ADSP-219x Booting ..................................................................... 5-2
ADSP-219x Boot Kernel .......................................................... 5-2
Boot Modes ............................................................................. 5-3
Boot Stream Contents ............................................................. 5-4
Parallel EPROM Booting ......................................................... 5-4
Host Booting .......................................................................... 5-7
UART Booting ........................................................................ 5-7
Serial EPROM Booting ........................................................... 5-8
No-Boot Mode ........................................................................ 5-9
Enriching Boot EPROMs with No-Boot Data .................... 5-13
ADSP-219x Boot Loader Utility .................................................. 5-16
elfloader.exe Command-Line Reference .................................. 5-16
ADSP-2192-12 LOADER
ADSP-2192-12 Boot Loader Utility and Run-Time Boot Loader .... 6-2
Boot Loader Utility (BLU) ....................................................... 6-3
Building the .DXE Files ........................................................... 6-5
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CONTENTS
Running the Run-Time Boot Loader and RTBL ...................... 6-6
Run-Time Boot Loader and Overlays Over PCI ....................... 6-7
Using OvlPciAdrTbl and OvlMgrTbl Symbols ......................... 6-8
ADSP-2192 Boot Loader Utility Command-Line Reference ......... 6-10
Command Line ..................................................................... 6-14
ARCHIVER
Archiver Guide ............................................................................. 7-2
Creating a Library From VisualDSP++ ..................................... 7-3
File Name Conventions ...................................................... 7-3
Making Archived Functions Usable ......................................... 7-3
Writing Archive Routines: Creating Entry Points ................. 7-4
Accessing Archived Functions From Your Code ................... 7-5
Archiver File Searches ......................................................... 7-6
Archiver Command-Line Reference ............................................... 7-7
elfar Command Syntax ............................................................ 7-7
Example elfar Command .................................................... 7-7
Parameters and Switches ..................................................... 7-8
Constraints ......................................................................... 7-9
Archiver Symbol Encryption Reference .................................. 7-10
FILE FORMATS
Source Files .................................................................................. A-2
C/C++ Source Files ................................................................. A-2
Assembly Source Files (.ASM) ................................................. A-3
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CONTENTS
Assembly Initialization Data Files (.DAT) ............................... A-3
Header Files (.H) .................................................................... A-4
Linker Description Files (.LDF) .............................................. A-4
Linker Command-Line Files (.TXT) ....................................... A-5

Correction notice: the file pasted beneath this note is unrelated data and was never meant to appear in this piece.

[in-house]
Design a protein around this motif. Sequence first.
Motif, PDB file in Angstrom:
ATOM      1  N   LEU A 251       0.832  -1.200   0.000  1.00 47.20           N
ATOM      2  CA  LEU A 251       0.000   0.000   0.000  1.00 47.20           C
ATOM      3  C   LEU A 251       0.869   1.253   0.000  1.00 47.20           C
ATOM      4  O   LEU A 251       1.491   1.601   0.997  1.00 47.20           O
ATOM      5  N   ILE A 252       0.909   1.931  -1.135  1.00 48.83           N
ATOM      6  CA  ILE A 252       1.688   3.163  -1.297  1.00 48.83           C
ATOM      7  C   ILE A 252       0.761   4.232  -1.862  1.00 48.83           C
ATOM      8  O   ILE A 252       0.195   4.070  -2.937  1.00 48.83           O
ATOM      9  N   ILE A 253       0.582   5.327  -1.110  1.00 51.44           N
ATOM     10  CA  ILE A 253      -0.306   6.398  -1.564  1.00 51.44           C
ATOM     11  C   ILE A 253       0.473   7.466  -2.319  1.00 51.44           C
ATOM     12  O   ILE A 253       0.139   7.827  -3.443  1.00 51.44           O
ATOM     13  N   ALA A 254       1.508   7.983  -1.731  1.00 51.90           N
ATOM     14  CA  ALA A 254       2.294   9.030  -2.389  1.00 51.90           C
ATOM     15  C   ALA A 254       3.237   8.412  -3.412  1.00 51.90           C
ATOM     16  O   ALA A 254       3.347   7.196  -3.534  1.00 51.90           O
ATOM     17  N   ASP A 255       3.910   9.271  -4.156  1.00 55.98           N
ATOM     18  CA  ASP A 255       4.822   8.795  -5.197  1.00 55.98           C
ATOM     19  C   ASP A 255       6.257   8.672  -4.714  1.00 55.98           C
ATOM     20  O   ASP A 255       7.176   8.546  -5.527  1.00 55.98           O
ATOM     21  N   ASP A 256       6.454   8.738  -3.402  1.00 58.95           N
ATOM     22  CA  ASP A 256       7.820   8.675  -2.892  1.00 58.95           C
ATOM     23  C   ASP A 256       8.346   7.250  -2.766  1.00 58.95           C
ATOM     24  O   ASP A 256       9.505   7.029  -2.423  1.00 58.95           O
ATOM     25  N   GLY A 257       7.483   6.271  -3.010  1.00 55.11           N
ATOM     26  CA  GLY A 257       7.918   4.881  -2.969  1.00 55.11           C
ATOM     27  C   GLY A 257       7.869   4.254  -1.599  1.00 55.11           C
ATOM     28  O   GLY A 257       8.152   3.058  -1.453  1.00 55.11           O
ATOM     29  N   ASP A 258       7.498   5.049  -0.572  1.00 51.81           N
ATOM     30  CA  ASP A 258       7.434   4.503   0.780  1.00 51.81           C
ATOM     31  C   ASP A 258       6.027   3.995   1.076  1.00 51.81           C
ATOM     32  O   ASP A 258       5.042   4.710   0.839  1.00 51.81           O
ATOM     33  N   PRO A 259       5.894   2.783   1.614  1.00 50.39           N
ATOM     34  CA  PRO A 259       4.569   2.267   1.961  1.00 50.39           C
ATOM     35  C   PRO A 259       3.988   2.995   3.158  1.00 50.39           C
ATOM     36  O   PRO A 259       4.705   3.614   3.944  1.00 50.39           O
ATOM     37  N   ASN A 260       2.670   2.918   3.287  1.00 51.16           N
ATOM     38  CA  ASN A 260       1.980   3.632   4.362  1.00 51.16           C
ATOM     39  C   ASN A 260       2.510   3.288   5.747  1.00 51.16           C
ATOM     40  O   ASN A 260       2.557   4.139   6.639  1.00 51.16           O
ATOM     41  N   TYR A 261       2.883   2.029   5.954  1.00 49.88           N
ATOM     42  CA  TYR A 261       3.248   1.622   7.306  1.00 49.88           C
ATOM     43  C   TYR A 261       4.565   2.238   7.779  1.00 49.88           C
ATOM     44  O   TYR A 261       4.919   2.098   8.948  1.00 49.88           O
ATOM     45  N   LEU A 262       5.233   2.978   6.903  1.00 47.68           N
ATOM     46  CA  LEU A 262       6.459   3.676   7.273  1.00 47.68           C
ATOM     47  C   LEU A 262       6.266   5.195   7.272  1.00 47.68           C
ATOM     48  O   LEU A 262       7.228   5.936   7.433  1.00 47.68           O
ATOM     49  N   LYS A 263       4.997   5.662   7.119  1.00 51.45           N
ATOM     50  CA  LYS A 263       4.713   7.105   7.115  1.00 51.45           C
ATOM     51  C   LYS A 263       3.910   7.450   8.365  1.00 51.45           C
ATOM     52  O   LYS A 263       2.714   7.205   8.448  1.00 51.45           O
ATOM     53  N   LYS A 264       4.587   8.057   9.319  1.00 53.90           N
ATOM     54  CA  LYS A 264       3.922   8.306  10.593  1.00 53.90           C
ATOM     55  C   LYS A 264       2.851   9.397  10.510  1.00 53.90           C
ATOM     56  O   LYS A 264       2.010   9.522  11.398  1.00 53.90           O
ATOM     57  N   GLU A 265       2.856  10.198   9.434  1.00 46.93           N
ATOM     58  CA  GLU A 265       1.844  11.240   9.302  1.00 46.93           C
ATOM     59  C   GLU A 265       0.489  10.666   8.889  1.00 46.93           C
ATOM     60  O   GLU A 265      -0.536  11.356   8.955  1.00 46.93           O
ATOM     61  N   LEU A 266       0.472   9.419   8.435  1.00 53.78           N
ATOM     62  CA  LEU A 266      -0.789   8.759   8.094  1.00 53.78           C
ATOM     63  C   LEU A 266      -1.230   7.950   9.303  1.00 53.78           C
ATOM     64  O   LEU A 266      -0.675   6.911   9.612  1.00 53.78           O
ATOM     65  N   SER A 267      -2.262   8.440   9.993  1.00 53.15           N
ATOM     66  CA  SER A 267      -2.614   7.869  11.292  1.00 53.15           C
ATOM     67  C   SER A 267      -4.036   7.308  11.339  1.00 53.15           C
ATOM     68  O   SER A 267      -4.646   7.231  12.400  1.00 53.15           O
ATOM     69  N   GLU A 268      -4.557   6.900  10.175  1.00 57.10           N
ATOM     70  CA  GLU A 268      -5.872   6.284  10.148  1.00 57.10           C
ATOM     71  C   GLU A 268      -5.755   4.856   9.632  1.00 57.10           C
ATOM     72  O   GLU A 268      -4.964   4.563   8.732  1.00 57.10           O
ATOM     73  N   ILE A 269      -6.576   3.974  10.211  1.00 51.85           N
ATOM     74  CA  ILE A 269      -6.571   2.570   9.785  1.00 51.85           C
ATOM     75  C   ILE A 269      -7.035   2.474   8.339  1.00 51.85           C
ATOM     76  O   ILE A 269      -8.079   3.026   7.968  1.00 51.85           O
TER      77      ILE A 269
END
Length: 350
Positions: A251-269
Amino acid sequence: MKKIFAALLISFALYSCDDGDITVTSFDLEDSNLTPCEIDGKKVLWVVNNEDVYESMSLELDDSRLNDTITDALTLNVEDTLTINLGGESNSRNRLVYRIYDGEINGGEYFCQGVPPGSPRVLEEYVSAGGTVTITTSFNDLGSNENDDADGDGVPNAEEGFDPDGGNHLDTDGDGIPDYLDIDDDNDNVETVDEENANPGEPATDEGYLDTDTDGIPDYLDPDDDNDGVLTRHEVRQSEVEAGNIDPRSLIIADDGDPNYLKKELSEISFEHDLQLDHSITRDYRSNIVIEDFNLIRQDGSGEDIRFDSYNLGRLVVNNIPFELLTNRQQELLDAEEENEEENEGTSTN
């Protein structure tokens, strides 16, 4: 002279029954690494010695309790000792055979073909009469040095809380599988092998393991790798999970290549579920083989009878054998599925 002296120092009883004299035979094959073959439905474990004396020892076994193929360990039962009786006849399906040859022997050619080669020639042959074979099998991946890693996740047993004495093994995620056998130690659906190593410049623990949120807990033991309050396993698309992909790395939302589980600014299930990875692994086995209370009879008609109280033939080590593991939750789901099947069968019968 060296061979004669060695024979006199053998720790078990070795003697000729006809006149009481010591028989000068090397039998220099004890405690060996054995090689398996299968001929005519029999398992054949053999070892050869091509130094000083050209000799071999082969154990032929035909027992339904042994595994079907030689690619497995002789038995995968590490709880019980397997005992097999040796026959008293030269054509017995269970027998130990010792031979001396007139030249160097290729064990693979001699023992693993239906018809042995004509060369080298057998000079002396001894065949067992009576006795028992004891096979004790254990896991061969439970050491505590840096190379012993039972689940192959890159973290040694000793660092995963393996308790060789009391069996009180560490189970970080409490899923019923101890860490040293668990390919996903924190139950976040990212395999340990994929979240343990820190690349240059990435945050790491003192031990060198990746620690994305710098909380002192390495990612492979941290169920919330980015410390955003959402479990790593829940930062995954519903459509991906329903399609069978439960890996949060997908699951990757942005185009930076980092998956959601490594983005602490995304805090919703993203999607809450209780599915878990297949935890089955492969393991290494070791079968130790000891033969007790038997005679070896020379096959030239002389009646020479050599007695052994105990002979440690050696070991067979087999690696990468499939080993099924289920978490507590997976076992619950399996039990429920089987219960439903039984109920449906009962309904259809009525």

Build Files ................................................................................... A-6
Assembler Object Files (.DOJ) ................................................ A-6
Library Files (.DLB) ............................................................... A-6
Linker Executable Files (.DXE, .SM, and .OVL) ..................... A-7
Linker Memory Map Files (.MAP) .......................................... A-7
Loader Hex Format Files (.LDR, .BNM) ................................. A-7
IDMA Host Boot File (.IDM) .............................................. A-10
IDMA Unit Operation ..................................................... A-10
ASCII Byte-Stream Format ................................................... A-11
Debugger Files ........................................................................... A-13
Format References ...................................................................... A-14
UTILITIES
ELF File Dumper ......................................................................... B-1
Using the Archiver and Dumper for Disassembly ..................... B-3
Dumping Overlay Library Files ............................................... B-4
AEXE2ELF and ELF2AEXE Converters ....................................... B-5
Converting From AEXE to ELF .............................................. B-5
Converting From ELF to AEXE .............................................. B-6
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CONTENTS
LINKER LEGACY SUPPORT
Converting from .SYS to .LDF ..................................................... C-1
Converting C Code section(“...”) to LDF SECTIONS{} .......... C-2
Converting Assembler .SEGMENT to LDF SECTIONS{} ..... C-12
Converting SYS .SEGMENT to LDF Commands .................. C-20
Legacy Assembly of Sources with Absolute Placement Directives .. C-22
INDEX
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PREFACE
Thank you for purchasing Analog Devices development software for
digital signal processors (DSPs).
Purpose of This Manual
The VisualDSP++ 3.0 Linker and Utilities Manual for ADSP-21xx DSPs
contains information about the linker and utilities for ADSP-21xx
processors from Analog Devices for use in computing, communications,
and consumer applications.
This manual provides information on the linking process and describes
the syntax for the linker’s command language—a scripting language that
the linker reads from the Linker Description File (.LDF). The manual